Facebook & Apple’s iOS 14 Feud: The Battle Continues

. 2 min read

By: Tom Murray | Managing Director

Back in the summer of 2020, Apple ruffled the entire marketing industry’s feathers by announcing that iOS 14 was going to have some big changes coming to it. For a full refresher on those changes, they can be found here. For those looking for the “tl;dr version”, the changes are the following:

  • Apple will require apps to showcase a message when users download / update their apps to ask them to approve being tracked. It is widely expected that most people, when given the choice, will choose not to be tracked.
  • IDFA will be deprecated and no longer be able to track user’s and match their device to their conversion actions.
  • Conversion events will be delayed and anonymized.
  • Limits to the number of campaigns ad networks can run and have measured.

Apple has pushed back this release to 2021, but there have been some recent developments, with Facebook coming out hard against this change, taking out ads in several newspapers (yes, you read that right), such as The New York Times, The Wall Street Journal, etc to fight against Apple, since they believe that these changes will harm small businesses.

You can see part of Facebook’s full page ad here:

Apple has hit right back with the following statement:

“We believe that this is a simple matter of standing up for our users. Users should know when their data is being collected and shared across other apps and websites — and they should have the choice to allow that or not. App Tracking Transparency in iOS 14 does not require Facebook to change its approach to tracking users and creating targeted advertising, it simply requires they give users a choice.”

This battle will continue, but who will win? Both companies are flush with cash, but Apple holds all the cards right now. They don’t have a business that relies on marketing as heavily as Facebook does, they will still make money from any app store purchases that occur, and can use this privacy-first message in their ad campaigns to consumers, as well as to Congress during the hearings they wind up finding themselves at every quarter. Facebook’s acceptance of the privacy pop-up window when downloading an app is the first step and first major brand to agree to put this on their app, for fear of losing its audience.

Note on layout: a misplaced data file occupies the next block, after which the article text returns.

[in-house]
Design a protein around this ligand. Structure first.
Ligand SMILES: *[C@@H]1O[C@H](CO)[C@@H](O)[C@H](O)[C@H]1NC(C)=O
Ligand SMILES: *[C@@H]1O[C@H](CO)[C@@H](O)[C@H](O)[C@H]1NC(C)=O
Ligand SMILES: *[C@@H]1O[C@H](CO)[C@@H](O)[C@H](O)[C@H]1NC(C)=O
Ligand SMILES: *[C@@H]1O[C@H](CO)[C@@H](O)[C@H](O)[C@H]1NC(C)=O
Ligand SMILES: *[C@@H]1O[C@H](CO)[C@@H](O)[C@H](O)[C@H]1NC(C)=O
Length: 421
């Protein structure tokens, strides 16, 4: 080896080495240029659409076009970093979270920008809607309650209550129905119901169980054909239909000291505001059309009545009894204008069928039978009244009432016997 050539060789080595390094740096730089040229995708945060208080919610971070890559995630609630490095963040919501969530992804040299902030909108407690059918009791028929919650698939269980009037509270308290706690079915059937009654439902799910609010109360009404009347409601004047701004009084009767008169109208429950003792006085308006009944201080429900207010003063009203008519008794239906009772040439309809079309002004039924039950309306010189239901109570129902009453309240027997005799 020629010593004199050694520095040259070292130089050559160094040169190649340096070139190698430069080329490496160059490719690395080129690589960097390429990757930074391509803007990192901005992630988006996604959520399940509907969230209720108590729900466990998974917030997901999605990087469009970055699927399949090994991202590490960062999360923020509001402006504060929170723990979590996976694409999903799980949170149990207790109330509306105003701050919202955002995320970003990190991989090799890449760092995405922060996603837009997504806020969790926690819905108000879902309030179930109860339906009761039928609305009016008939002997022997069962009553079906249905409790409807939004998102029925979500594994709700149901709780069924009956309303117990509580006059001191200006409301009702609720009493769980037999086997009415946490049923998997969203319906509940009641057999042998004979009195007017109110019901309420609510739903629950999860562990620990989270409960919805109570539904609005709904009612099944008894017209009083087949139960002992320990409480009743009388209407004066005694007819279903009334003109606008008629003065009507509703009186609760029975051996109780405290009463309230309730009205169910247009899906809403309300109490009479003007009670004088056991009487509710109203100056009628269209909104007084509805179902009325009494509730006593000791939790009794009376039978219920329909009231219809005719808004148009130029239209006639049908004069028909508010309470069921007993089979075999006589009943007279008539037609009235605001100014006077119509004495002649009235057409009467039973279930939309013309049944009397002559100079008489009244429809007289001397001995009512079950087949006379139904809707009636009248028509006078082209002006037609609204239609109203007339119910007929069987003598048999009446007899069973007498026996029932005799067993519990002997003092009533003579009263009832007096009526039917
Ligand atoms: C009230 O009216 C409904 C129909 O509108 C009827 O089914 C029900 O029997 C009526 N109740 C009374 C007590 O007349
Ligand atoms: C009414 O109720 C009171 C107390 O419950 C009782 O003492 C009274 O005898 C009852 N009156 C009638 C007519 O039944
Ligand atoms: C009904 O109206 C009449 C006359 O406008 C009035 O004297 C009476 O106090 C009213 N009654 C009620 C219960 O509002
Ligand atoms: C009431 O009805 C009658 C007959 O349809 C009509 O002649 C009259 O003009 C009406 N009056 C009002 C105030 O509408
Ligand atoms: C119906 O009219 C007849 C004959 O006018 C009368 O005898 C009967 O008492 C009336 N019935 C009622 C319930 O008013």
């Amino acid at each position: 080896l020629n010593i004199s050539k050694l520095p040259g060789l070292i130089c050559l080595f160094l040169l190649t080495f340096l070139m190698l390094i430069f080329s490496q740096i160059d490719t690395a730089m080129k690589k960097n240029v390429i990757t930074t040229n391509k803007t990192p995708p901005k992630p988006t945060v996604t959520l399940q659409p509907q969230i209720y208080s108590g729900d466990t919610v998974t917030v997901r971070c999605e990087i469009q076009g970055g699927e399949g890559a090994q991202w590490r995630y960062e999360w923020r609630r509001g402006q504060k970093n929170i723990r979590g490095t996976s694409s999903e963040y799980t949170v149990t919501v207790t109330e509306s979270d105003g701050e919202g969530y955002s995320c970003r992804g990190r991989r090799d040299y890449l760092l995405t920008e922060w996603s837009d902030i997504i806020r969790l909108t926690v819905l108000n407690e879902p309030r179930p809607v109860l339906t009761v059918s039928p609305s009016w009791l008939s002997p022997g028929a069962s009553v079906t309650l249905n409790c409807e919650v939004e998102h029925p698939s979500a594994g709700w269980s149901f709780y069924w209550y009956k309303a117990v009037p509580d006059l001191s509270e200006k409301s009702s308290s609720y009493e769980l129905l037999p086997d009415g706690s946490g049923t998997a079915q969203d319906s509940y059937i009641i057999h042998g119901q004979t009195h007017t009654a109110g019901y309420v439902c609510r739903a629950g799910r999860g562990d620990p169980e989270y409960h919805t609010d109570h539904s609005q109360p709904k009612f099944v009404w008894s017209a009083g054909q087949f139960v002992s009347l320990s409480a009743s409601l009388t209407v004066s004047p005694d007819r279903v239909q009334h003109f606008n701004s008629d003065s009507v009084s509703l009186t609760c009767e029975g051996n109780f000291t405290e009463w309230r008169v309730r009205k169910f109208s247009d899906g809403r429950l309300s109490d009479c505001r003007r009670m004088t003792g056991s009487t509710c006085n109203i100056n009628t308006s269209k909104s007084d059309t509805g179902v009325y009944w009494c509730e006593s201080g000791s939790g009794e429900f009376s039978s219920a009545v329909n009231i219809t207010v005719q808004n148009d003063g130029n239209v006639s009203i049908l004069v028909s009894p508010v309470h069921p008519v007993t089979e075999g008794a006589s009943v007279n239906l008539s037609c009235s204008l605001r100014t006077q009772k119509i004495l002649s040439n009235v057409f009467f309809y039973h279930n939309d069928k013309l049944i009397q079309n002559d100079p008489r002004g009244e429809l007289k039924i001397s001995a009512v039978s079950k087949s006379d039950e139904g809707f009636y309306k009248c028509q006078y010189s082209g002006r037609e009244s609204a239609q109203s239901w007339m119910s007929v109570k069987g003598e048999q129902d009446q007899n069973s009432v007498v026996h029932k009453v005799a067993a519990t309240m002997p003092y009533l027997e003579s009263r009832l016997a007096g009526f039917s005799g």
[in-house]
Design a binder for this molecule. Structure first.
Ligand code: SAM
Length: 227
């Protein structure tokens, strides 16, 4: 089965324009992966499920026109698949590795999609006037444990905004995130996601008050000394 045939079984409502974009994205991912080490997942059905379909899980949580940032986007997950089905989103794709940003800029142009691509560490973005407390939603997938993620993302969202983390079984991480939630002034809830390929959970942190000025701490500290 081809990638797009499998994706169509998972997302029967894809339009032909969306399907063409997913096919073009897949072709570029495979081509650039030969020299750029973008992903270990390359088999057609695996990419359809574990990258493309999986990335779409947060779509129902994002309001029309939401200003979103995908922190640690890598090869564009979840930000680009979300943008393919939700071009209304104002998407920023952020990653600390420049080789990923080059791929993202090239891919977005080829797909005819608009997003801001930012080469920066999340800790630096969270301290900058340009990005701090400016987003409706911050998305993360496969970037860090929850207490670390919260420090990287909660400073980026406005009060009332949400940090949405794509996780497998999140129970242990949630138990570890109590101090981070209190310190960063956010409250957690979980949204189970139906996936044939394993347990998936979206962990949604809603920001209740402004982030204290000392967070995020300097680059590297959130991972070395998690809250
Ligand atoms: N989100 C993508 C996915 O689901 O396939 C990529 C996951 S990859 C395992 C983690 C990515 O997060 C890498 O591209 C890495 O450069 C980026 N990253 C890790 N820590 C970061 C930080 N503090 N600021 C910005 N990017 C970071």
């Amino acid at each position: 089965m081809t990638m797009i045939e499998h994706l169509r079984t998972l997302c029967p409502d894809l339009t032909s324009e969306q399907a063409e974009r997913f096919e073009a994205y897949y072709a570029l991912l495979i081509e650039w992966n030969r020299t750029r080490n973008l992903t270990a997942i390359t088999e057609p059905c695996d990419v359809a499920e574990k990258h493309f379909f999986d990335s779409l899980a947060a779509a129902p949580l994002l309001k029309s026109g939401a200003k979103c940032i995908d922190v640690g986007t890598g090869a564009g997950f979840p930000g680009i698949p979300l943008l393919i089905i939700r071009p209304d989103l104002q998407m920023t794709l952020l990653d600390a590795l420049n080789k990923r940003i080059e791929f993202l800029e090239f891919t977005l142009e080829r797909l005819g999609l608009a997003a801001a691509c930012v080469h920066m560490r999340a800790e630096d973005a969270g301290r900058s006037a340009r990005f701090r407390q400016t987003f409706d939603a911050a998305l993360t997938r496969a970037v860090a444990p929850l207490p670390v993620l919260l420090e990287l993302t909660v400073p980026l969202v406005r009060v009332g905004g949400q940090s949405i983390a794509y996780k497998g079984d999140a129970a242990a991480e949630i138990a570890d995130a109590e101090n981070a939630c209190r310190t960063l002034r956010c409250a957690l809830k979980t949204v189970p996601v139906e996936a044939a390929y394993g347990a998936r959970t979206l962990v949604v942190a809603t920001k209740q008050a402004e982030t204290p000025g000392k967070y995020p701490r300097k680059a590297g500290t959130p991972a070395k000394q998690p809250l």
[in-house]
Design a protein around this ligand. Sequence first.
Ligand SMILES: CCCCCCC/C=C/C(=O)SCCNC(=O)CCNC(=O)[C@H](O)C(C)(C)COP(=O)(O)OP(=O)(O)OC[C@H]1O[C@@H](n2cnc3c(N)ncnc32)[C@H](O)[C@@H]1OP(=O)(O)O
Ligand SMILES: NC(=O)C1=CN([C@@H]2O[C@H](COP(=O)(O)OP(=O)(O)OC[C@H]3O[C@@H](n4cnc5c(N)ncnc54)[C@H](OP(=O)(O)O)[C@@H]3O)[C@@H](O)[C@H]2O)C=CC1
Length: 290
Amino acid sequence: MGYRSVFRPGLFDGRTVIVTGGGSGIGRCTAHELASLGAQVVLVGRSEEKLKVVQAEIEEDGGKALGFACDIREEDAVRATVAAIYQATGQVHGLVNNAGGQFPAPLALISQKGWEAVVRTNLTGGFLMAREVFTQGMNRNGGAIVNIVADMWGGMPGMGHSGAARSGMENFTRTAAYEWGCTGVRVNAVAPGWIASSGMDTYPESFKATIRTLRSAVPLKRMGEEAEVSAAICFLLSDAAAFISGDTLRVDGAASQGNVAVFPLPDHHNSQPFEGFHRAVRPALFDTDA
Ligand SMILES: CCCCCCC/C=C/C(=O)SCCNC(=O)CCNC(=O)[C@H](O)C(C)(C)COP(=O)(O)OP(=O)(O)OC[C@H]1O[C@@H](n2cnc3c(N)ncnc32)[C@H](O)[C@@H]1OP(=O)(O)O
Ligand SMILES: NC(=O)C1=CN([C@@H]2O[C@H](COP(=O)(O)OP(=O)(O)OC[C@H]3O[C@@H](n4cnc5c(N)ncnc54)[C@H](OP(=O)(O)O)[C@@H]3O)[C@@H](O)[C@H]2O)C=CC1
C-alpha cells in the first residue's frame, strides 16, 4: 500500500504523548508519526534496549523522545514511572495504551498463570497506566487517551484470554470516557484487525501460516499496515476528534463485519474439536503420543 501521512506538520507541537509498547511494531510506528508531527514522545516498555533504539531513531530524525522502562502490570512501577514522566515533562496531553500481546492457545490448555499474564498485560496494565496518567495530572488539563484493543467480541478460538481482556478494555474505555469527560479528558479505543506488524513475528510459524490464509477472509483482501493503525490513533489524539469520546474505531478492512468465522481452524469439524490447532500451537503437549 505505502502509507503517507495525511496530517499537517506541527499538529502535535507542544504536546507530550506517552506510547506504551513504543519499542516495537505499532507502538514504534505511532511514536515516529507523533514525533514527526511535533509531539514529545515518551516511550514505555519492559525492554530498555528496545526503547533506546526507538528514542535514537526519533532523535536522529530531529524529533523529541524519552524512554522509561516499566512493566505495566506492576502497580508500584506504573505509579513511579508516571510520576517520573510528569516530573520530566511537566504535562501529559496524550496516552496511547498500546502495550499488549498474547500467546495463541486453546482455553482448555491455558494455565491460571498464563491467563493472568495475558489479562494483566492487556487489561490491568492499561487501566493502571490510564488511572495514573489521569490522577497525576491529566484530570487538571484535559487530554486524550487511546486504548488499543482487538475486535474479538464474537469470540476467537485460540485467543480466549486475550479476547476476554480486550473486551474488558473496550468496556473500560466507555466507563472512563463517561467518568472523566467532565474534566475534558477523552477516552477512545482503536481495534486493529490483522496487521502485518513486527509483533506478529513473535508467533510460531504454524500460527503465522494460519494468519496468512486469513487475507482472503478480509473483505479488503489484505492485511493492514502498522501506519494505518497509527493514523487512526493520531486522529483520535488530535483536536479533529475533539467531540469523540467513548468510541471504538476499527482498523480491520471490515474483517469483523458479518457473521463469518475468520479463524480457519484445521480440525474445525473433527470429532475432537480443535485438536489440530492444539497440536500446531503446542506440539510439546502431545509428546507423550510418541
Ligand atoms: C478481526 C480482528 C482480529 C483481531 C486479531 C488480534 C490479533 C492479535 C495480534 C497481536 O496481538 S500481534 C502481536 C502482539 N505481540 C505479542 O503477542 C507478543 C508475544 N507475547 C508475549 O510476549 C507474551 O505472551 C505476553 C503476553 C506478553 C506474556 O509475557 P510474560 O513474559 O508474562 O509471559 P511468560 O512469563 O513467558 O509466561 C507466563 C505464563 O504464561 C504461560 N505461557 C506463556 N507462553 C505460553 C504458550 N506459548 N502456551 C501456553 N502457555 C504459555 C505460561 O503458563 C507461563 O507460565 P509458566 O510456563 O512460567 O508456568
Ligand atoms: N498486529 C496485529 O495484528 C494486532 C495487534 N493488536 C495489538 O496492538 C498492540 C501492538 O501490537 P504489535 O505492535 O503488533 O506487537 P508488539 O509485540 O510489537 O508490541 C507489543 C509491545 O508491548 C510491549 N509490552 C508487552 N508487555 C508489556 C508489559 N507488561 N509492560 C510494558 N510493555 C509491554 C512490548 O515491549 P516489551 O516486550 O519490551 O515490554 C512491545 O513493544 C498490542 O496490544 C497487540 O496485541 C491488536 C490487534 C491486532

Facebook does have a point, and it is perfectly valid. Ads will become less targeted. Their data collection via their Facebook pixel will become more limited. Limited signals = limited targeting = lower performance is the working theory. If brand’s ROI falls, so will investment on the platform.

It is a battle between two giants, and this might be the first time that Facebook won’t be the victor.

If you are a Facebook advertiser, check out our blog section for a future post on the upcoming changes and what you need to do to get yourself ready for iOS 14’s privacy launch in 2021.